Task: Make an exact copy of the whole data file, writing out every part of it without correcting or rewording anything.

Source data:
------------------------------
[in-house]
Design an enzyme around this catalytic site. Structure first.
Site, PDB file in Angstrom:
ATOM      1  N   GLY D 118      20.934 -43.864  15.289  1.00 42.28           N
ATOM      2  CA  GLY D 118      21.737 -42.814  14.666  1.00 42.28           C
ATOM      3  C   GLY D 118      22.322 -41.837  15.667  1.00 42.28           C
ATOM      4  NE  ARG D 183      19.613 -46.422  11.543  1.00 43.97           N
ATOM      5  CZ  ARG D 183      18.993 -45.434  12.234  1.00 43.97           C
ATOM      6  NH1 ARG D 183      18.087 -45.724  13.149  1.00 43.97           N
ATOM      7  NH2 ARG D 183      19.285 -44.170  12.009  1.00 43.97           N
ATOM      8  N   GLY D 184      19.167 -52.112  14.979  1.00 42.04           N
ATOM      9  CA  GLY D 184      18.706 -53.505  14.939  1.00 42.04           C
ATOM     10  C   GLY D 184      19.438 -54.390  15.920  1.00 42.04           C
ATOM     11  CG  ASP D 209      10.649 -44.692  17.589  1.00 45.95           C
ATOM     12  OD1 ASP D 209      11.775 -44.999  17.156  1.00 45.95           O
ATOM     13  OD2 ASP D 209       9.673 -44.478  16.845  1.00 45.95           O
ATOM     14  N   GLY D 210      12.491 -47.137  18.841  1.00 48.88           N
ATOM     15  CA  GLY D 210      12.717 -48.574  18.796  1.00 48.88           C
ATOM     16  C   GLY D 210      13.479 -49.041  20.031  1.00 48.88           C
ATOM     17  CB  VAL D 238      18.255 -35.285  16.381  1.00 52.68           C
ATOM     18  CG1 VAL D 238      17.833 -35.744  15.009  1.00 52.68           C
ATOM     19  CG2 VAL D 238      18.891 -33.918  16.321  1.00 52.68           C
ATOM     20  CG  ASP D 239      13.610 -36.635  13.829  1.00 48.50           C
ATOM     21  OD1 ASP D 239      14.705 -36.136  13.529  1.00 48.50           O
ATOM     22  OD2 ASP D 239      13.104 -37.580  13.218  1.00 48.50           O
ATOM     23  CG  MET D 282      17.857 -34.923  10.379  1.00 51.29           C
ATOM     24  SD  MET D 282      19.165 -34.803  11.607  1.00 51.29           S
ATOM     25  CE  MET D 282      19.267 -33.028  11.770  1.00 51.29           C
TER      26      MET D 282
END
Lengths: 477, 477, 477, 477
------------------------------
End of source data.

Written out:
[in-house]
Design an enzyme around this catalytic site. Structure first.
Site, PDB file in Angstrom:
ATOM      1  N   GLY D 118      20.934 -43.864  15.289  1.00 42.28           N
ATOM      2  CA  GLY D 118      21.737 -42.814  14.666  1.00 42.28           C
ATOM      3  C   GLY D 118      22.322 -41.837  15.667  1.00 42.28           C
ATOM      4  NE  ARG D 183      19.613 -46.422  11.543  1.00 43.97           N
ATOM      5  CZ  ARG D 183      18.993 -45.434  12.234  1.00 43.97           C
ATOM      6  NH1 ARG D 183      18.087 -45.724  13.149  1.00 43.97           N
ATOM      7  NH2 ARG D 183      19.285 -44.170  12.009  1.00 43.97           N
ATOM      8  N   GLY D 184      19.167 -52.112  14.979  1.00 42.04           N
ATOM      9  CA  GLY D 184      18.706 -53.505  14.939  1.00 42.04           C
ATOM     10  C   GLY D 184      19.438 -54.390  15.920  1.00 42.04           C
ATOM     11  CG  ASP D 209      10.649 -44.692  17.589  1.00 45.95           C
ATOM     12  OD1 ASP D 209      11.775 -44.999  17.156  1.00 45.95           O
ATOM     13  OD2 ASP D 209       9.673 -44.478  16.845  1.00 45.95           O
ATOM     14  N   GLY D 210      12.491 -47.137  18.841  1.00 48.88           N
ATOM     15  CA  GLY D 210      12.717 -48.574  18.796  1.00 48.88           C
ATOM     16  C   GLY D 210      13.479 -49.041  20.031  1.00 48.88           C
ATOM     17  CB  VAL D 238      18.255 -35.285  16.381  1.00 52.68           C
ATOM     18  CG1 VAL D 238      17.833 -35.744  15.009  1.00 52.68           C
ATOM     19  CG2 VAL D 238      18.891 -33.918  16.321  1.00 52.68           C
ATOM     20  CG  ASP D 239      13.610 -36.635  13.829  1.00 48.50           C
ATOM     21  OD1 ASP D 239      14.705 -36.136  13.529  1.00 48.50           O
ATOM     22  OD2 ASP D 239      13.104 -37.580  13.218  1.00 48.50           O
ATOM     23  CG  MET D 282      17.857 -34.923  10.379  1.00 51.29           C
ATOM     24  SD  MET D 282      19.165 -34.803  11.607  1.00 51.29           S
ATOM     25  CE  MET D 282      19.267 -33.028  11.770  1.00 51.29           C
TER      26      MET D 282
END
Lengths: 477, 477, 477, 477